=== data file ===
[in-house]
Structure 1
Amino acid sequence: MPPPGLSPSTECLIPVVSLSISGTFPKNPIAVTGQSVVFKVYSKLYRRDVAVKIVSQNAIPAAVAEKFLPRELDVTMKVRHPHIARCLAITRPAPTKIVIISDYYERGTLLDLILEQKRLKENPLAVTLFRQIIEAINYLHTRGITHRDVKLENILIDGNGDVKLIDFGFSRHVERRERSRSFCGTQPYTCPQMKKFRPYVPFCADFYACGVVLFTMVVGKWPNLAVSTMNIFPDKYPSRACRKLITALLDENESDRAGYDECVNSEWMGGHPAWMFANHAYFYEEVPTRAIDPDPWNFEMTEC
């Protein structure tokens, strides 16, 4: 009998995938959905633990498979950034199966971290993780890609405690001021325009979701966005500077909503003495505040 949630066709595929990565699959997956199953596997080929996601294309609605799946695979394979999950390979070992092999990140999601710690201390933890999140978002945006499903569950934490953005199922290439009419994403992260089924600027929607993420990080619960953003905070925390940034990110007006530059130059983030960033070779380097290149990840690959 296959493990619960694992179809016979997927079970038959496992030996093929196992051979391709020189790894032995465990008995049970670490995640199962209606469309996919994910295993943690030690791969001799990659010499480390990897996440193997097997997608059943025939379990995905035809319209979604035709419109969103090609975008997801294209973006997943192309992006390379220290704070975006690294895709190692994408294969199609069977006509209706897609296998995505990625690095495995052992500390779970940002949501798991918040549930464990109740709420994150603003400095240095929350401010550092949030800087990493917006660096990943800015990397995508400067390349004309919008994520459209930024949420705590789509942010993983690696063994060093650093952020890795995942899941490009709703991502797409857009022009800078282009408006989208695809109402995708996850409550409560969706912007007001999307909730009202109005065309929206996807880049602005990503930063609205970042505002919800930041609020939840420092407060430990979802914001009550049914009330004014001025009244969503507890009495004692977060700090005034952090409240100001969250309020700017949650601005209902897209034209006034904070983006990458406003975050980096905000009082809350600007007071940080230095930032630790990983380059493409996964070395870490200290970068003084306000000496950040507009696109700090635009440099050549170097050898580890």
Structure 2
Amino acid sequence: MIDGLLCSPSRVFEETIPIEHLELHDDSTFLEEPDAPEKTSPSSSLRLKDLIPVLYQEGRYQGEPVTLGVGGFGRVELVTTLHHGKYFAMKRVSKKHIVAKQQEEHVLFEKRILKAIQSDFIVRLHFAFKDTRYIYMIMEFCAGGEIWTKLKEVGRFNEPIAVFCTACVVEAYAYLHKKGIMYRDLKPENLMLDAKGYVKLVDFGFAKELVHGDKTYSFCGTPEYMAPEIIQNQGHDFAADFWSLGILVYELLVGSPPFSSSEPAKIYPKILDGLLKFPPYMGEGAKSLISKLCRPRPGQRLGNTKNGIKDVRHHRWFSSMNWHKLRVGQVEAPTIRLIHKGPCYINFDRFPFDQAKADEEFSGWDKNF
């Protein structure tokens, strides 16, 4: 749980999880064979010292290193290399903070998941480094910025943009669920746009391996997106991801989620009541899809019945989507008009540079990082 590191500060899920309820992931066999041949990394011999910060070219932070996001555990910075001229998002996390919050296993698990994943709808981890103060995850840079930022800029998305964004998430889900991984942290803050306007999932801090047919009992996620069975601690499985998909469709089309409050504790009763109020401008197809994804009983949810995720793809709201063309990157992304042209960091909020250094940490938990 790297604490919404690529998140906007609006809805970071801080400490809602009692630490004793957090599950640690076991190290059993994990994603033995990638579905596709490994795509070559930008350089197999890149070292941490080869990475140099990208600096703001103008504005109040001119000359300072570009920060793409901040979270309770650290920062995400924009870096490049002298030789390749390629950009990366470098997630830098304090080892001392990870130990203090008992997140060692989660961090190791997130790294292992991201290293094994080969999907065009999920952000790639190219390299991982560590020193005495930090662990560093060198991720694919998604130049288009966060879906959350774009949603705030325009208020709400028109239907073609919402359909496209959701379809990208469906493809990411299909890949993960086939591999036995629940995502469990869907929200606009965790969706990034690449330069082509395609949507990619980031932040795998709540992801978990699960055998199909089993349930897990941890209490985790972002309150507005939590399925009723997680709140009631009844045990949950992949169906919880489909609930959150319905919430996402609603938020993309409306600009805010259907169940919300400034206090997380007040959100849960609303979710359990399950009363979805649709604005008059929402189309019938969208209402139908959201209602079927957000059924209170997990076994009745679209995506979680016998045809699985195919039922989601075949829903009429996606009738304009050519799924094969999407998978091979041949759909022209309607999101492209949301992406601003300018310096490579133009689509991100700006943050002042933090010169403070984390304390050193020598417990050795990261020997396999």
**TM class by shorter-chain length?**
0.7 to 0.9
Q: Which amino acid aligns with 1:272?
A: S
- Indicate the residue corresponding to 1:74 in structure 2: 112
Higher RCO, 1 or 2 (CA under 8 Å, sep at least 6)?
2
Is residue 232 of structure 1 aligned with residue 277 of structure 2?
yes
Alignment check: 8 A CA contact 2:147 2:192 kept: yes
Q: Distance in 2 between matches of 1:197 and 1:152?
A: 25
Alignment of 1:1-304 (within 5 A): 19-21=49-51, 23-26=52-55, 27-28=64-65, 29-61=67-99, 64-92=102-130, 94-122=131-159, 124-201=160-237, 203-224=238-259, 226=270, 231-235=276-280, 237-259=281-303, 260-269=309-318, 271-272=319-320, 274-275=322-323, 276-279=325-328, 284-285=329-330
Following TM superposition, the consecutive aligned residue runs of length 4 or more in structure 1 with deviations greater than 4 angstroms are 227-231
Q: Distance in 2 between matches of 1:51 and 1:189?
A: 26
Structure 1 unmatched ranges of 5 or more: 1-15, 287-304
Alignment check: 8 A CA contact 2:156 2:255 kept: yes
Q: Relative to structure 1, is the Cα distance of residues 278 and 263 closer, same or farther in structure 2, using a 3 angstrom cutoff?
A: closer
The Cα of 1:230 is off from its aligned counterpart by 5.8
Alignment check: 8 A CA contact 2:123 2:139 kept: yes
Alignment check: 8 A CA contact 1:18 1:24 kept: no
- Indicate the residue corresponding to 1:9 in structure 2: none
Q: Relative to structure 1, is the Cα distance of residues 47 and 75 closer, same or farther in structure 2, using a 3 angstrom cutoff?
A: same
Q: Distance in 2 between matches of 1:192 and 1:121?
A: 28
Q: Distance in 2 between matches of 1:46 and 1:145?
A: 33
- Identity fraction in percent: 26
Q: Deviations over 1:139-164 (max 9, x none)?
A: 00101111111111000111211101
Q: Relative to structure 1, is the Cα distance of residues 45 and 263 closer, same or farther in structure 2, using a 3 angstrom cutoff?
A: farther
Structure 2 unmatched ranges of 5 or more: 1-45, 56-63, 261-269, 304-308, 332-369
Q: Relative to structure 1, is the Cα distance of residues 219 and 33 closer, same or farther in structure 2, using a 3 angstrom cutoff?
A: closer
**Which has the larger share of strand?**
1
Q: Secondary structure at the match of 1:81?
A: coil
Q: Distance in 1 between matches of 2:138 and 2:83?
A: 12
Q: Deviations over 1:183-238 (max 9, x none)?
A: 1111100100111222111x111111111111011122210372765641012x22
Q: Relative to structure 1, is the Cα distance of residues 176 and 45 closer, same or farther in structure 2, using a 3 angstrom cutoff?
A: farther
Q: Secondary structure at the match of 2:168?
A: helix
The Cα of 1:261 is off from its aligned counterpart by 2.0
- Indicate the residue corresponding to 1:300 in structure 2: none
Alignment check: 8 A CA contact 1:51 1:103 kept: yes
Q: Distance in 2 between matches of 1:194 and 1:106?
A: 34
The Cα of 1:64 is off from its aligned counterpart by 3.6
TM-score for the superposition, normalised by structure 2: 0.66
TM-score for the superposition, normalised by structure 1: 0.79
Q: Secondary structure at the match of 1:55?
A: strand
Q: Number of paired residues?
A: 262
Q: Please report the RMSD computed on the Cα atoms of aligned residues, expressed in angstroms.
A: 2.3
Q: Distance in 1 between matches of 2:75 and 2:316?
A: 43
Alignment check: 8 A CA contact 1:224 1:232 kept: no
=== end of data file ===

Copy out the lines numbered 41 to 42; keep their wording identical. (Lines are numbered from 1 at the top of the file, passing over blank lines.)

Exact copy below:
Q: Relative to structure 1, is the Cα distance of residues 45 and 263 closer, same or farther in structure 2, using a 3 angstrom cutoff?
A: farther